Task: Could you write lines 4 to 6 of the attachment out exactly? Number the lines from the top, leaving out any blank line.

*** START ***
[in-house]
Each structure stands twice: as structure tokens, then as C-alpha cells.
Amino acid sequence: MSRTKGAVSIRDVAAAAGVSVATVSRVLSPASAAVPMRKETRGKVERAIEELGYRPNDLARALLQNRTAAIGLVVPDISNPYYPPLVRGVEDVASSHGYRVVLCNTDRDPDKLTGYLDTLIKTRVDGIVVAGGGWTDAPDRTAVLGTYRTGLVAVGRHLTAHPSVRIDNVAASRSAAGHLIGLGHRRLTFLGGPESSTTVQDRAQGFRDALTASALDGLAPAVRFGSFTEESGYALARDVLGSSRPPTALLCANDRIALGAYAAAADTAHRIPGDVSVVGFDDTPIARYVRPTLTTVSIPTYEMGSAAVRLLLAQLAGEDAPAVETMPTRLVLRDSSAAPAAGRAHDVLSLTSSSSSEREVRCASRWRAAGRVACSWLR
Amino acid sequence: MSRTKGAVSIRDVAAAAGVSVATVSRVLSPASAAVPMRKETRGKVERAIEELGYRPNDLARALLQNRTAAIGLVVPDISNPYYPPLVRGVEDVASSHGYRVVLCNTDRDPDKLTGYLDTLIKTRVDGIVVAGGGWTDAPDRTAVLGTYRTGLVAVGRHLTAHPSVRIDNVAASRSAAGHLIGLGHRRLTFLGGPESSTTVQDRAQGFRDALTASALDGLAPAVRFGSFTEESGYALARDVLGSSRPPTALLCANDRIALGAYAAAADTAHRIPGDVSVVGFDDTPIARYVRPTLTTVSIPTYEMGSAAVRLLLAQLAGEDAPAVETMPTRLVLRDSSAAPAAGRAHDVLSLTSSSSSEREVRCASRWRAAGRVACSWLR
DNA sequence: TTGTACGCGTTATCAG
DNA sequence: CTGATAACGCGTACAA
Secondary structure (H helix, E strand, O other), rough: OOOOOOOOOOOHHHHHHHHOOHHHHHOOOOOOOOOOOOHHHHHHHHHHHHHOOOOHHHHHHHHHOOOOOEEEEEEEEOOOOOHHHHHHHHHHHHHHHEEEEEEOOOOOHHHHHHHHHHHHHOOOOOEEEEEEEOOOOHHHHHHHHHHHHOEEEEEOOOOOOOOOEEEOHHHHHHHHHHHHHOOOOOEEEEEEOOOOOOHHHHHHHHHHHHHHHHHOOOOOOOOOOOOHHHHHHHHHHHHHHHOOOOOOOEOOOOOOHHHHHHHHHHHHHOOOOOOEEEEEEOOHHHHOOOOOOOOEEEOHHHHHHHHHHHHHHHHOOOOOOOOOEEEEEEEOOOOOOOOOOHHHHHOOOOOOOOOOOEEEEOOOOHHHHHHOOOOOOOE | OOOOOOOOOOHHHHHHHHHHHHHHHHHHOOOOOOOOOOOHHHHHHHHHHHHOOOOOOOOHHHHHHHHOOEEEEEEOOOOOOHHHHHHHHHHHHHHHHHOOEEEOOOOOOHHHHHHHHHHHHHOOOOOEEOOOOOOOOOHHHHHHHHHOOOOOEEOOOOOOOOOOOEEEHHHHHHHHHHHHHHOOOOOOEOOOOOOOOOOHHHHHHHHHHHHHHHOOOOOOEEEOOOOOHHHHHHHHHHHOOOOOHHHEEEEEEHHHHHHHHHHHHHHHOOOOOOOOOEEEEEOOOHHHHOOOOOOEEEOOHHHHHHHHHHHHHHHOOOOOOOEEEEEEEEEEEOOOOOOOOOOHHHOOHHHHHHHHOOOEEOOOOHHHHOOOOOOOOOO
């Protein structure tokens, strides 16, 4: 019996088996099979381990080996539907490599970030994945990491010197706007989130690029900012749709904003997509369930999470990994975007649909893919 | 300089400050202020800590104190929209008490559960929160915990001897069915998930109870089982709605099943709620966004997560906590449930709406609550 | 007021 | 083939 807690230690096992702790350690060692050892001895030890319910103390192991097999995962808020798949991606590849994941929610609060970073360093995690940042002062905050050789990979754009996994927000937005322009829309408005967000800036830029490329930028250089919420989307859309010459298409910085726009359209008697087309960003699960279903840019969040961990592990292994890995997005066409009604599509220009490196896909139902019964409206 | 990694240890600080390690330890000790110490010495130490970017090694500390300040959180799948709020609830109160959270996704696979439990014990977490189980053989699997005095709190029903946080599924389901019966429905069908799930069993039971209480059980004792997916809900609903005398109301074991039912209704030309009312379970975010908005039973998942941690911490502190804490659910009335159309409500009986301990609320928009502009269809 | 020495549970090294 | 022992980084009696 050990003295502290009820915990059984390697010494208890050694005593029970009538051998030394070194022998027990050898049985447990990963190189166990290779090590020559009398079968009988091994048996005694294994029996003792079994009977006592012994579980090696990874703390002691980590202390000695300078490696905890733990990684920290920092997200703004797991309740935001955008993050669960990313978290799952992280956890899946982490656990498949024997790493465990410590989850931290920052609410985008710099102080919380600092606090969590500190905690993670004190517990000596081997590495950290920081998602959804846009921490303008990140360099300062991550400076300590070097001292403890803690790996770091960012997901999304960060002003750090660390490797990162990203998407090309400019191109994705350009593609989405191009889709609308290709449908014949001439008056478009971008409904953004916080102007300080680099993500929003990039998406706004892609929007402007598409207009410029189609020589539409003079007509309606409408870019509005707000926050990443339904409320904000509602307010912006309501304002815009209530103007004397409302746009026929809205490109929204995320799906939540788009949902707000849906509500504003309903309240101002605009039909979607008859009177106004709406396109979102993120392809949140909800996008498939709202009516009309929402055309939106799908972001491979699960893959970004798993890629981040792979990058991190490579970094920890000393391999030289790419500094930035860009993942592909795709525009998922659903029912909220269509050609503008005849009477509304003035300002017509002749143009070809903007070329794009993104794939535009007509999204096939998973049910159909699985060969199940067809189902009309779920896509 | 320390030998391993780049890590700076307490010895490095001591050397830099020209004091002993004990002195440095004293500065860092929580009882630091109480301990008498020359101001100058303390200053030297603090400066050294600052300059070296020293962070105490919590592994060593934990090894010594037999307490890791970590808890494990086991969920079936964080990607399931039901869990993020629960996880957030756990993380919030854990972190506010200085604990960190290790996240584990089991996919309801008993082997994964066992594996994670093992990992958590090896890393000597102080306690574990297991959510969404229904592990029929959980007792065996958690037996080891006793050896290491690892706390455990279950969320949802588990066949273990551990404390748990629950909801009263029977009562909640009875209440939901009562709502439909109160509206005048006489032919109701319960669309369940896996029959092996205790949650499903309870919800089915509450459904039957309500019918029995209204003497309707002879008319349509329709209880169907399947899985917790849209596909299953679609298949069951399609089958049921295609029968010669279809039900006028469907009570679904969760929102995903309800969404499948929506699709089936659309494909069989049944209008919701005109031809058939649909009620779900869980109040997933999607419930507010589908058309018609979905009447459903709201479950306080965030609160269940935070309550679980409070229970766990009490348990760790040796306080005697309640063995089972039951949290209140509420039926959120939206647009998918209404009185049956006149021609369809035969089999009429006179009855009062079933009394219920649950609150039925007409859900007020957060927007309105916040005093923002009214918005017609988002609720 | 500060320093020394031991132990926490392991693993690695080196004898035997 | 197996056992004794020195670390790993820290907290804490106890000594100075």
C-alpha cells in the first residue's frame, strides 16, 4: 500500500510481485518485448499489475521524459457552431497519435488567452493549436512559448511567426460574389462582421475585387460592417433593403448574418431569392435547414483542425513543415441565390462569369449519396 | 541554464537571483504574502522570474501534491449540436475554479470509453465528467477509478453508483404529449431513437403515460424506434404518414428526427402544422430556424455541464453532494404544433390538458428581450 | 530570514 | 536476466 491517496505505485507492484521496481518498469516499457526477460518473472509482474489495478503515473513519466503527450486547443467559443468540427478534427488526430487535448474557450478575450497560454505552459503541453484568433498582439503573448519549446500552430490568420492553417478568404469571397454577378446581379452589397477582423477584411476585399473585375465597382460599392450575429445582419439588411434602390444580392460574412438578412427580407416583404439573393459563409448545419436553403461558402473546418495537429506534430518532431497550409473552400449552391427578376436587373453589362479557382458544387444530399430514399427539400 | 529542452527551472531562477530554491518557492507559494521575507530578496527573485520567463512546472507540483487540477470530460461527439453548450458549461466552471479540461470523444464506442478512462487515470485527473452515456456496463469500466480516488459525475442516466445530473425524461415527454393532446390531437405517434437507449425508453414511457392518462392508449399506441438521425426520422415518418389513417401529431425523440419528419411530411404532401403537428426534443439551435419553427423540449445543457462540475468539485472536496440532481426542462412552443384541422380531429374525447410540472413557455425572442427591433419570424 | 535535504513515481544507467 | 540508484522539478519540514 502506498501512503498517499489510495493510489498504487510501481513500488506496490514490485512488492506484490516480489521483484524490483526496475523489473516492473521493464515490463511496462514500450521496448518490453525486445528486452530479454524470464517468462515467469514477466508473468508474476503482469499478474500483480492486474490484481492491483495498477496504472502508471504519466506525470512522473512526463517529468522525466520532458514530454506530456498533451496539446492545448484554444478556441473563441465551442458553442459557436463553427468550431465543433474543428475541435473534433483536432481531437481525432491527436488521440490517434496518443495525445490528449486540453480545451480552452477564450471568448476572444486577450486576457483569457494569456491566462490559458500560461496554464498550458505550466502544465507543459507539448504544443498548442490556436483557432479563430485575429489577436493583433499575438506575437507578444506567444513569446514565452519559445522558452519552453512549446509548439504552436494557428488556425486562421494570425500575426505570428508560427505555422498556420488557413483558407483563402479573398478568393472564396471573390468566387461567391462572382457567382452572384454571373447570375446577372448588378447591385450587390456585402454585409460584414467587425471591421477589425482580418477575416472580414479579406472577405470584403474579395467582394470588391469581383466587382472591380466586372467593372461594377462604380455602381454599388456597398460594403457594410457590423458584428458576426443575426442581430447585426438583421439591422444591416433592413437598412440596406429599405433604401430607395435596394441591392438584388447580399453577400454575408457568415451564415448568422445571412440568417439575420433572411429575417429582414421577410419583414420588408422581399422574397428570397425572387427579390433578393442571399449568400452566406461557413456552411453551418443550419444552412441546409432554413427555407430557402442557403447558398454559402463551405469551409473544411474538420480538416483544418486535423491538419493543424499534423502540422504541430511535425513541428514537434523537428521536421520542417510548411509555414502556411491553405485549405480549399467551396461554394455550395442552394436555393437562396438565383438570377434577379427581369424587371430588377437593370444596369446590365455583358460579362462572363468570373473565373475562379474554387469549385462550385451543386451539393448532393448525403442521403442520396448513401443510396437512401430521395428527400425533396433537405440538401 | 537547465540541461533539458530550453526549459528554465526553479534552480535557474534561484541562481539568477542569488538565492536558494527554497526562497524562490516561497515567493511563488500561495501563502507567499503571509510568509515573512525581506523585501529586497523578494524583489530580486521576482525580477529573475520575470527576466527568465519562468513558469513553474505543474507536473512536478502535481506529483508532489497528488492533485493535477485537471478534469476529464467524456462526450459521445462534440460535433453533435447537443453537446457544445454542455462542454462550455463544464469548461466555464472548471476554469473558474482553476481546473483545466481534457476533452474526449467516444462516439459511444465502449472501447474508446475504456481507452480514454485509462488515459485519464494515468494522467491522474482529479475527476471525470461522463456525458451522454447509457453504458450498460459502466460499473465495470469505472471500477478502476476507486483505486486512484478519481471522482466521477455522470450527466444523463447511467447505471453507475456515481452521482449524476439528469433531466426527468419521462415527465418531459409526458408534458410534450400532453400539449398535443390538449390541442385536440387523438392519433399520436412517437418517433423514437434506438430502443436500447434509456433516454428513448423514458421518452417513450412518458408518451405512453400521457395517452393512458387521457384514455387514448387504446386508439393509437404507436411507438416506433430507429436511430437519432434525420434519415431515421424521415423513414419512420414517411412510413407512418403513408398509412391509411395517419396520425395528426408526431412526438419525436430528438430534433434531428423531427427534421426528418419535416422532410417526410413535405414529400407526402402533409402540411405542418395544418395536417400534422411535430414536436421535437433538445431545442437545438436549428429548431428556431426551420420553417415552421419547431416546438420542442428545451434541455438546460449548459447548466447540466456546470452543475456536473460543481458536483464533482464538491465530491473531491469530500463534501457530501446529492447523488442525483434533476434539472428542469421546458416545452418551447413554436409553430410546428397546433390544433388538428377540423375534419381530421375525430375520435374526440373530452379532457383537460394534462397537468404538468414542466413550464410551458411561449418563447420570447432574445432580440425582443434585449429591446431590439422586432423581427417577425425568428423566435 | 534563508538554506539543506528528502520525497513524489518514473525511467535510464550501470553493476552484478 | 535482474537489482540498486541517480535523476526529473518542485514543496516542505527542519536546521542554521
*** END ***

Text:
Amino acid sequence: MSRTKGAVSIRDVAAAAGVSVATVSRVLSPASAAVPMRKETRGKVERAIEELGYRPNDLARALLQNRTAAIGLVVPDISNPYYPPLVRGVEDVASSHGYRVVLCNTDRDPDKLTGYLDTLIKTRVDGIVVAGGGWTDAPDRTAVLGTYRTGLVAVGRHLTAHPSVRIDNVAASRSAAGHLIGLGHRRLTFLGGPESSTTVQDRAQGFRDALTASALDGLAPAVRFGSFTEESGYALARDVLGSSRPPTALLCANDRIALGAYAAAADTAHRIPGDVSVVGFDDTPIARYVRPTLTTVSIPTYEMGSAAVRLLLAQLAGEDAPAVETMPTRLVLRDSSAAPAAGRAHDVLSLTSSSSSEREVRCASRWRAAGRVACSWLR
DNA sequence: TTGTACGCGTTATCAG
DNA sequence: CTGATAACGCGTACAA